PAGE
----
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The reason, in some degree, why many persons derive but little advantage from what they do is, because they apply not to what they ought. If you cut away the root, the tree withers, grows dry, and dies presently; but if you only lop the branches, it will soon shoot out new ones, and become larger than ever. To treat this matter more particularly, there are two things chiefly to be observed, of which the first is, that when we have any exterior defects that offend and scandalise our neighbour, we must begin to retrench these by means of our particular examen, though we should have interior defects far more considerable.

For example, if one speaks too much, or too hastily, or too sharply to his brethren, or lets himself be carried so far as to say things that affect their reputation, and, in short, if he is subject to other failings that may hurt his neighbour, reason and charity oblige us, first to correct ourselves in what may give pain or trouble to our brethren, that we may endeavour to live with them in such manner as to give no occasion of complaint or scandal.

The second advice is, that we take care not to be so intent on making our examen on exterior things of this sort, as to pass our whole life therein; for it is far easier to overcome ourselves in these exterior than in our interior defects.

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I command my hand, says St. Austin, and the hand obeys; I command my foot, and it obeys; but I command my appetite, and it obeys not. The reason is, because neither hand nor foot have in themselves any inclination contrary to the will; but the appetite has its own inclination, which is often opposite to the will; and therefore it is necessary that we endeavour to free ourselves from exterior things as soon as possible, that we may be more at leisure to attend to those which are of greater importance. To obtain, for example, a profound humility of heart, which reaches not only to a contempt of ourselves, but also to be glad that others despise us; to gain so much upon ourselves as to do all things purely for the love of God, and always to have before our eyes that it is God and not man we serve; to attain entire conformity to the Divine will; or to gain, in short, any other virtue or interior perfection.

For, though the particular examen was chiefly established for retrenching our defects and imperfections, and this would be a sufficient employment during our whole life, because we can never be quite free and exempt from venial sins; nevertheless it were very unfit that all our time should be employed in this alone. He who is engaged in weeding a garden is well employed, but yet must he never do any thing else but this?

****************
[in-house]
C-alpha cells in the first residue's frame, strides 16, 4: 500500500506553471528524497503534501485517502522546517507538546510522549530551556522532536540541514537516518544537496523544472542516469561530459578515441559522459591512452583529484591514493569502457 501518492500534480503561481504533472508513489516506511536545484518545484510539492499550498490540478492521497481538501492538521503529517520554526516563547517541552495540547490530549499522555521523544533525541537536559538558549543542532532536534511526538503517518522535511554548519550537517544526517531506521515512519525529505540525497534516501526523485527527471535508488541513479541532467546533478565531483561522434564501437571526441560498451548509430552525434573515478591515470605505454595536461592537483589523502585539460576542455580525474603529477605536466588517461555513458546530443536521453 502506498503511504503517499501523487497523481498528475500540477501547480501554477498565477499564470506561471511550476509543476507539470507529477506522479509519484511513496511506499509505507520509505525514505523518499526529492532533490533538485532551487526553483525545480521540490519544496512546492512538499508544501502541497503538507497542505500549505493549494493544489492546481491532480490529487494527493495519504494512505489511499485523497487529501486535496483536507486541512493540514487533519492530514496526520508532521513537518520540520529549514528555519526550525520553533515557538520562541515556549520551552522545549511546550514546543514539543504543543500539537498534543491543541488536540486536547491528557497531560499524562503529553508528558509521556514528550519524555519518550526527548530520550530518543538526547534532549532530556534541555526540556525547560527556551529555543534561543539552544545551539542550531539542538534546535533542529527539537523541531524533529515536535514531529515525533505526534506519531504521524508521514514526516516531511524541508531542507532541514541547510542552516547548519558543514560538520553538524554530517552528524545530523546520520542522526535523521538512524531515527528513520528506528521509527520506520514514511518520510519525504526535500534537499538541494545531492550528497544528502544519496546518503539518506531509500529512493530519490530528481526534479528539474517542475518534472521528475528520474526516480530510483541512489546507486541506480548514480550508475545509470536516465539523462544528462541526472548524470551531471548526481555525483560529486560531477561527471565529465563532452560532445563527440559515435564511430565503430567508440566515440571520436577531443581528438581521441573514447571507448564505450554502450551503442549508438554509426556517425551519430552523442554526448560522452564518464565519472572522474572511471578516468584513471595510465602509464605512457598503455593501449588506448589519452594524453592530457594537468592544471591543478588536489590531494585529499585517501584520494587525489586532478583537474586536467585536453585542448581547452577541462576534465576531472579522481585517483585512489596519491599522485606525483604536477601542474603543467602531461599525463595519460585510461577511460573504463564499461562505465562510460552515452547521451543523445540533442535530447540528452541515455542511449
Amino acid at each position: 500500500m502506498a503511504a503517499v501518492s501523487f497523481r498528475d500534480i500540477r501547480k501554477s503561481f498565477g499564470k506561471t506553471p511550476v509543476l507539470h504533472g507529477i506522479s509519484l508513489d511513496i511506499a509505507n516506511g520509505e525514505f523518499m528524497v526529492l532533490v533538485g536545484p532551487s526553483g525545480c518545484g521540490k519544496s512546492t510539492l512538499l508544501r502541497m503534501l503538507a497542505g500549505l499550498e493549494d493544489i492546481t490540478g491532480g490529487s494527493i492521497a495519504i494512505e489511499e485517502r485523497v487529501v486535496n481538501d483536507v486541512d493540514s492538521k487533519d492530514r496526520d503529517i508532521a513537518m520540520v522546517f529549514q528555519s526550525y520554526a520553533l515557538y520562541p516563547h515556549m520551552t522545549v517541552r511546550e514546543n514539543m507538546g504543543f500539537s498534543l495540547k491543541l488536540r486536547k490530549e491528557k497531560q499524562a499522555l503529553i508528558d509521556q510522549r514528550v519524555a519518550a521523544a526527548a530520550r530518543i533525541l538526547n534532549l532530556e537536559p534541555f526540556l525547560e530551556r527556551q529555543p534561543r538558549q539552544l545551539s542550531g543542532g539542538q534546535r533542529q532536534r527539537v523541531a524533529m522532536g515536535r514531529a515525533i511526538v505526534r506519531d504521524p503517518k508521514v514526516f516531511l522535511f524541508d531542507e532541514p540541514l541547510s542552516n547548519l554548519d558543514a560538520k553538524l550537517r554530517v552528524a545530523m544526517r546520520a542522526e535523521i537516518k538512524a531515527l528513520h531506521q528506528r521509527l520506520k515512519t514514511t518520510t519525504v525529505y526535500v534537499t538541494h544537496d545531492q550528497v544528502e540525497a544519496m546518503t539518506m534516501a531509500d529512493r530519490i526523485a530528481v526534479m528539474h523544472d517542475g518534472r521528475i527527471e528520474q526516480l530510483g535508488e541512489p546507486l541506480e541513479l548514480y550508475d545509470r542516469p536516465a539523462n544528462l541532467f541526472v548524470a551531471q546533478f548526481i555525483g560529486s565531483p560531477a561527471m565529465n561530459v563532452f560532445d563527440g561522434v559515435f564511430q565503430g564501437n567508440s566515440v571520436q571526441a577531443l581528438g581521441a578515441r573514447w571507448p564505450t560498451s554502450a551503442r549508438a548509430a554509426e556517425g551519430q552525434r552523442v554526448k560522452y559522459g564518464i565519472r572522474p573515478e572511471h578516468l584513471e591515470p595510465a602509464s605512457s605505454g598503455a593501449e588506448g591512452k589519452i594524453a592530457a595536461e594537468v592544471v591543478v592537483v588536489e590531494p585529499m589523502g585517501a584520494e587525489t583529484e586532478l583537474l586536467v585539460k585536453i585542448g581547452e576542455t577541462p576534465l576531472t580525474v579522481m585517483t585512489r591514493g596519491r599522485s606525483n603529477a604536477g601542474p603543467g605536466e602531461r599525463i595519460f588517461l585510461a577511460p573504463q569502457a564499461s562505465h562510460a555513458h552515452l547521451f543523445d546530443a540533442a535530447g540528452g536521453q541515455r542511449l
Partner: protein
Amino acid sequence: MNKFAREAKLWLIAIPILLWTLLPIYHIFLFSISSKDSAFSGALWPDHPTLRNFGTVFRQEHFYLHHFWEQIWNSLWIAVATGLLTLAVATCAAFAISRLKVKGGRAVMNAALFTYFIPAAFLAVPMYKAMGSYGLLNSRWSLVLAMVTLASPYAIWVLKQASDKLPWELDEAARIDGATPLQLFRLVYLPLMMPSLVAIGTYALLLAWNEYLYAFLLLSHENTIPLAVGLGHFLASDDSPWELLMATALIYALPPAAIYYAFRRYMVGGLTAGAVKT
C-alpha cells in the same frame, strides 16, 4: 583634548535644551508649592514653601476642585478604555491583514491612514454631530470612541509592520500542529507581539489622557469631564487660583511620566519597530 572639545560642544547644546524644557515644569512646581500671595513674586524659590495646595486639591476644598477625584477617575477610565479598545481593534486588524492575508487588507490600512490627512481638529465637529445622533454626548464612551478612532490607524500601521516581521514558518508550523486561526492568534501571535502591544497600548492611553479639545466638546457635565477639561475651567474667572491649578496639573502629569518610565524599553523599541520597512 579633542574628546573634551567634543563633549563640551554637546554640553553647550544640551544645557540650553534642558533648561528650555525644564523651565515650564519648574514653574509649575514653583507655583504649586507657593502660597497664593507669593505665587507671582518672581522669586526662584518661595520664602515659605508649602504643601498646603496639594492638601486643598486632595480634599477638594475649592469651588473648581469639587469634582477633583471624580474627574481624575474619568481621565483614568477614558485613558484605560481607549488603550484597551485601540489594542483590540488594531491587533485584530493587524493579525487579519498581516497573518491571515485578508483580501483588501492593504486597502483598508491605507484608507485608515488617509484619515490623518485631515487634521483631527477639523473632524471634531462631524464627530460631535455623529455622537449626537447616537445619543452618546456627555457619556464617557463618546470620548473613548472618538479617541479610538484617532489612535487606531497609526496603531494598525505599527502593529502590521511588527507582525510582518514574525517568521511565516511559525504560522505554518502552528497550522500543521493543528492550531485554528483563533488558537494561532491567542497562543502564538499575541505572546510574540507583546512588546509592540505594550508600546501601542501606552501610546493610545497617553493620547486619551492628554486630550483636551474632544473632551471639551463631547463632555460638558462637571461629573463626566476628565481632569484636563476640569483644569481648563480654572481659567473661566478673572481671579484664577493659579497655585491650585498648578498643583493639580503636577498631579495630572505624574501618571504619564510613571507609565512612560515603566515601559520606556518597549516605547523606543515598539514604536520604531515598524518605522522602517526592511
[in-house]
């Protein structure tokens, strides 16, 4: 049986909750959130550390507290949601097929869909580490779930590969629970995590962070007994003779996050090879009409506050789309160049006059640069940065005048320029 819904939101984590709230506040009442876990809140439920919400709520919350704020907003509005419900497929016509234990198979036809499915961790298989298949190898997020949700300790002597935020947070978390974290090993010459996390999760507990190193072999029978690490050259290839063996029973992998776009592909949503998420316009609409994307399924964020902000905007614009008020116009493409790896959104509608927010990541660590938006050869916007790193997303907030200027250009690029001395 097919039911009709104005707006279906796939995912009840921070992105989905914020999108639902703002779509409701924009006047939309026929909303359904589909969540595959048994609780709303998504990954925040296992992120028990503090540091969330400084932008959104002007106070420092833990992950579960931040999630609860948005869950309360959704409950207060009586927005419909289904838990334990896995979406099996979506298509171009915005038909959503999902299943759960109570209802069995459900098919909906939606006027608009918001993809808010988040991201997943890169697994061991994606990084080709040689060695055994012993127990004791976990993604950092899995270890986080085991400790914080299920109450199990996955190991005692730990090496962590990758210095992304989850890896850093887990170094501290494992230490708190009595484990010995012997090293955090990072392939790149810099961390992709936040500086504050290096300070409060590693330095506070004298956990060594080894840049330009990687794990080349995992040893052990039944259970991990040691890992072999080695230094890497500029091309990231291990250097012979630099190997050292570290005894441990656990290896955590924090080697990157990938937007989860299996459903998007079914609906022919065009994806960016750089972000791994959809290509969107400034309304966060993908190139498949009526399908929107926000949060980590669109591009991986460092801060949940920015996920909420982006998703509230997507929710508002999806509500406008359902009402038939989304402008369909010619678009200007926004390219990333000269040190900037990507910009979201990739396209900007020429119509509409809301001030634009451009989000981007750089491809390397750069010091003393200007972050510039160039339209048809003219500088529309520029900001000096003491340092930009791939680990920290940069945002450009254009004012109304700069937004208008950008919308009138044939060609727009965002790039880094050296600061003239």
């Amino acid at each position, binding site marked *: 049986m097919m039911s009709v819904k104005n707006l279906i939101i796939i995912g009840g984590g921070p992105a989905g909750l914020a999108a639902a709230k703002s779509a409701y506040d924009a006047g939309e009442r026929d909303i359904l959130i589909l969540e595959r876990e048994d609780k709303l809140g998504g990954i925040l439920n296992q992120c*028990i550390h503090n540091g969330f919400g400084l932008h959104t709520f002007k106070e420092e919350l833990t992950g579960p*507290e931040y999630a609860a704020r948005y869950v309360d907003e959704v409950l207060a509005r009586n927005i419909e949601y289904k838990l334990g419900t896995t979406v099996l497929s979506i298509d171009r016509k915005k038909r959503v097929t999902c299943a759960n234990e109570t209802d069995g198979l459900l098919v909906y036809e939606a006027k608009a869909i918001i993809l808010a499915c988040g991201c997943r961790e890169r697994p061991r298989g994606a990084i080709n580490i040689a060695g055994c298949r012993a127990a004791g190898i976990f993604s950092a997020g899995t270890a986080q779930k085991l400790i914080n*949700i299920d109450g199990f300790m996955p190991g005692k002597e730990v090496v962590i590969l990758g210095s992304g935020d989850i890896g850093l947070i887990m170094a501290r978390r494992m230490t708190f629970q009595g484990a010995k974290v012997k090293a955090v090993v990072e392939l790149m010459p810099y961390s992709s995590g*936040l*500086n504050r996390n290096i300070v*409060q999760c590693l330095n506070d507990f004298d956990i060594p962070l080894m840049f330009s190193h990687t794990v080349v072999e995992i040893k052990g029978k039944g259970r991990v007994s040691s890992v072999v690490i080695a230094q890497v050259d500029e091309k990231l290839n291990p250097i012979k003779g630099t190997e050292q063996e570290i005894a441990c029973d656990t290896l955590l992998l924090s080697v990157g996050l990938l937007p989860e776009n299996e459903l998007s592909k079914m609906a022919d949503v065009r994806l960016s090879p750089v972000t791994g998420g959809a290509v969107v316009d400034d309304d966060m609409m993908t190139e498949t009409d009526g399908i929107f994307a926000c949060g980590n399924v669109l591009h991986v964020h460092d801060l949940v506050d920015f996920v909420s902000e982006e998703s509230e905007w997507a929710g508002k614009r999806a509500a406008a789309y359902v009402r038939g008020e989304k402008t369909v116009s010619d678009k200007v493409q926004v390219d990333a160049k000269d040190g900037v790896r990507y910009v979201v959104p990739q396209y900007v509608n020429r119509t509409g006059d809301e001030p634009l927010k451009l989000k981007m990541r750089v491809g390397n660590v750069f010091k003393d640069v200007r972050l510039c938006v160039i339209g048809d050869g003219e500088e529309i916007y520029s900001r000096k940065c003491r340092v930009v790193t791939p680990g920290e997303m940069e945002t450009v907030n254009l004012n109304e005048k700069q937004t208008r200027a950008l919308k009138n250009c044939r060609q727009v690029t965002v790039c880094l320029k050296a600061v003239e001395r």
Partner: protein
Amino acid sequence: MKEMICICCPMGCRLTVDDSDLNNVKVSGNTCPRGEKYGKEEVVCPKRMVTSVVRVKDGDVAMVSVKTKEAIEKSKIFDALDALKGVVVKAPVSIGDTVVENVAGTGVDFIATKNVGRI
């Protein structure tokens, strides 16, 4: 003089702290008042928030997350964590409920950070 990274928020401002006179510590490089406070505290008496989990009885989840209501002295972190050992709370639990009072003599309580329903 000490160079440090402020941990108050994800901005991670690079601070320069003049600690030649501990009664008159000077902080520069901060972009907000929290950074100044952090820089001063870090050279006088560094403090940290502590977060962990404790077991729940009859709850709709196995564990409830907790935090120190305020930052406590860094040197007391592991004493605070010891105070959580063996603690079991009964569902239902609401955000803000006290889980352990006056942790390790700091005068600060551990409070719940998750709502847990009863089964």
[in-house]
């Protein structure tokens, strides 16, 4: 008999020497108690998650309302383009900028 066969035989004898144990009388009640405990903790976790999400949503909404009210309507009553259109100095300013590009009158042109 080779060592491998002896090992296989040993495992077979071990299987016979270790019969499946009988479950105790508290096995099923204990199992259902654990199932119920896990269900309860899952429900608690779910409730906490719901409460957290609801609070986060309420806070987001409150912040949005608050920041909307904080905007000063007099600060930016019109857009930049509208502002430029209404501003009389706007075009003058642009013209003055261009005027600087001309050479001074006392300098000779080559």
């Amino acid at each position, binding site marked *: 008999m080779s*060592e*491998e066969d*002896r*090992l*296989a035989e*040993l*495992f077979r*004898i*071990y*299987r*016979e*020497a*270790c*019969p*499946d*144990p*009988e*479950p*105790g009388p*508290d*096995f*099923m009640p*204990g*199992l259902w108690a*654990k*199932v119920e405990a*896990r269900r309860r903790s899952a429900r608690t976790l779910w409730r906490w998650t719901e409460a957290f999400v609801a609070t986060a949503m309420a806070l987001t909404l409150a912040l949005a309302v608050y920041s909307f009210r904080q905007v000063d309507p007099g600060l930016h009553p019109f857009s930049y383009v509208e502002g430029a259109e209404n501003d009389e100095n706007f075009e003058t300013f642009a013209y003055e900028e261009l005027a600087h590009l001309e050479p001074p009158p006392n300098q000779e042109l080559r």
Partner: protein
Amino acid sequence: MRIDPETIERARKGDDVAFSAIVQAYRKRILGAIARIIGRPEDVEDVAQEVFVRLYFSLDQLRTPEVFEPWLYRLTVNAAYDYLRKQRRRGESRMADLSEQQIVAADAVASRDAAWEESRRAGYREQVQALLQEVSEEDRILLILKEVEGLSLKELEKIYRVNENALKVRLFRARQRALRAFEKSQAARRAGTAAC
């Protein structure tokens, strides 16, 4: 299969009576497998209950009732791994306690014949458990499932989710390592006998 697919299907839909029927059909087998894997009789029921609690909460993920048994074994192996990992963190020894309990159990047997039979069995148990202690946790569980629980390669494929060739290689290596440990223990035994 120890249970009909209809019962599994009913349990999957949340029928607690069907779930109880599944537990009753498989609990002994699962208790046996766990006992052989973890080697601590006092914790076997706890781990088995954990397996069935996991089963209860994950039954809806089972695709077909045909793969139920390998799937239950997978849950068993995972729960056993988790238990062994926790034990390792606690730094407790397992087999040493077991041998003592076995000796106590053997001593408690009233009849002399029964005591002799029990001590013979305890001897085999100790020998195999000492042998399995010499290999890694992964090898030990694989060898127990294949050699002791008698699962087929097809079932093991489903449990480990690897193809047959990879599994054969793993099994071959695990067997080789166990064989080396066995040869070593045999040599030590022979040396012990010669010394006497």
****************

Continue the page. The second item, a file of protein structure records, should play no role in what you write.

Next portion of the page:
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The object in plucking up the weeds is, that flowers and fruit may grow in their place. The time, therefore, of the particular examen is, in like manner, well employed when we exercise ourselves in rooting out of our souls vicious and bad inclinations; but all this must be done, in order to plant the odoriferous flowers of virtue in their place: "I have set thee," says our Lord to Jeremias, "to root up and to pull down, and to waste and to destroy, and to build and to plant again.

But what should oblige us still more to observe this method is, that even for the correcting those exterior faults to which we are subject, oftentimes the sweetest, shortest, and most efficacious means is, to take for our particular examen the perfection most opposite to these defects. Do you speak passionately and authoritatively to your brethren? During your examen, employ yourself in looking upon them as being superior to you in all things, and look upon yourself as the least and most unworthy of them all; and by this you will soon learn both how to speak to them and how to answer them; and if you acquire but true humility, you may assure yourself you will never say any thing to them rude or mortifying.

Do you feel a repugnance to do anything?


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Do you feel pain in submitting to what happens to you? Let your examen be on receiving all things, as coming from the hand of God, as emanating from a particular disposition of His Divine providence, and as being sent you for your good; and thus you will be able easily to submit to whatsoever shall happen. The particular examen must be made upon one subject at a time; and the reason is, that hereby it is far more efficacious than if we should take several subjects at once.